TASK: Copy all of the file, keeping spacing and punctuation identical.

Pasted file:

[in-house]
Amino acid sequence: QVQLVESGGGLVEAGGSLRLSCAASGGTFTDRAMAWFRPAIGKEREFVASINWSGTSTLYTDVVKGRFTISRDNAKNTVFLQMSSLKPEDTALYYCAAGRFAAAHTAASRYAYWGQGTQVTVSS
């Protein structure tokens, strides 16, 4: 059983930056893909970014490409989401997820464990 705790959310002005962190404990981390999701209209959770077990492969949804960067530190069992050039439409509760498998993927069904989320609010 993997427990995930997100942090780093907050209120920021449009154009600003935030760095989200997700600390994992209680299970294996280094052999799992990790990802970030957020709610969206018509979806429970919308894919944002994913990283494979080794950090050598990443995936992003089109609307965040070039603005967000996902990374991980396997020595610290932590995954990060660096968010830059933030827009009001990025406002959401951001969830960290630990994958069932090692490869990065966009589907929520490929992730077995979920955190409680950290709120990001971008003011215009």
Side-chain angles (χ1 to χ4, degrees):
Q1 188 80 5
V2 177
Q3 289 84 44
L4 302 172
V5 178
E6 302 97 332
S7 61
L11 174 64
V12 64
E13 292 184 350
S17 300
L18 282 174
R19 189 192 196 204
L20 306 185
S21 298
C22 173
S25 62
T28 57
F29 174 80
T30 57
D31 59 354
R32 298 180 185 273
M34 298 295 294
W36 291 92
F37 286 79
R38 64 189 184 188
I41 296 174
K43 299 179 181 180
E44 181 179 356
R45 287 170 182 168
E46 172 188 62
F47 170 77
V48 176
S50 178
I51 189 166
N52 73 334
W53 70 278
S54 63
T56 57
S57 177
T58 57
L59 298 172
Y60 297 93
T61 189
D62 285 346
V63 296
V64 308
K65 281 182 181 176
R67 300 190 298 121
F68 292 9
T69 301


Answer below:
[in-house]
Amino acid sequence: QVQLVESGGGLVEAGGSLRLSCAASGGTFTDRAMAWFRPAIGKEREFVASINWSGTSTLYTDVVKGRFTISRDNAKNTVFLQMSSLKPEDTALYYCAAGRFAAAHTAASRYAYWGQGTQVTVSS
């Protein structure tokens, strides 16, 4: 059983930056893909970014490409989401997820464990 705790959310002005962190404990981390999701209209959770077990492969949804960067530190069992050039439409509760498998993927069904989320609010 993997427990995930997100942090780093907050209120920021449009154009600003935030760095989200997700600390994992209680299970294996280094052999799992990790990802970030957020709610969206018509979806429970919308894919944002994913990283494979080794950090050598990443995936992003089109609307965040070039603005967000996902990374991980396997020595610290932590995954990060660096968010830059933030827009009001990025406002959401951001969830960290630990994958069932090692490869990065966009589907929520490929992730077995979920955190409680950290709120990001971008003011215009």
Side-chain angles (χ1 to χ4, degrees):
Q1 188 80 5
V2 177
Q3 289 84 44
L4 302 172
V5 178
E6 302 97 332
S7 61
L11 174 64
V12 64
E13 292 184 350
S17 300
L18 282 174
R19 189 192 196 204
L20 306 185
S21 298
C22 173
S25 62
T28 57
F29 174 80
T30 57
D31 59 354
R32 298 180 185 273
M34 298 295 294
W36 291 92
F37 286 79
R38 64 189 184 188
I41 296 174
K43 299 179 181 180
E44 181 179 356
R45 287 170 182 168
E46 172 188 62
F47 170 77
V48 176
S50 178
I51 189 166
N52 73 334
W53 70 278
S54 63
T56 57
S57 177
T58 57
L59 298 172
Y60 297 93
T61 189
D62 285 346
V63 296
V64 308
K65 281 182 181 176
R67 300 190 298 121
F68 292 9
T69 301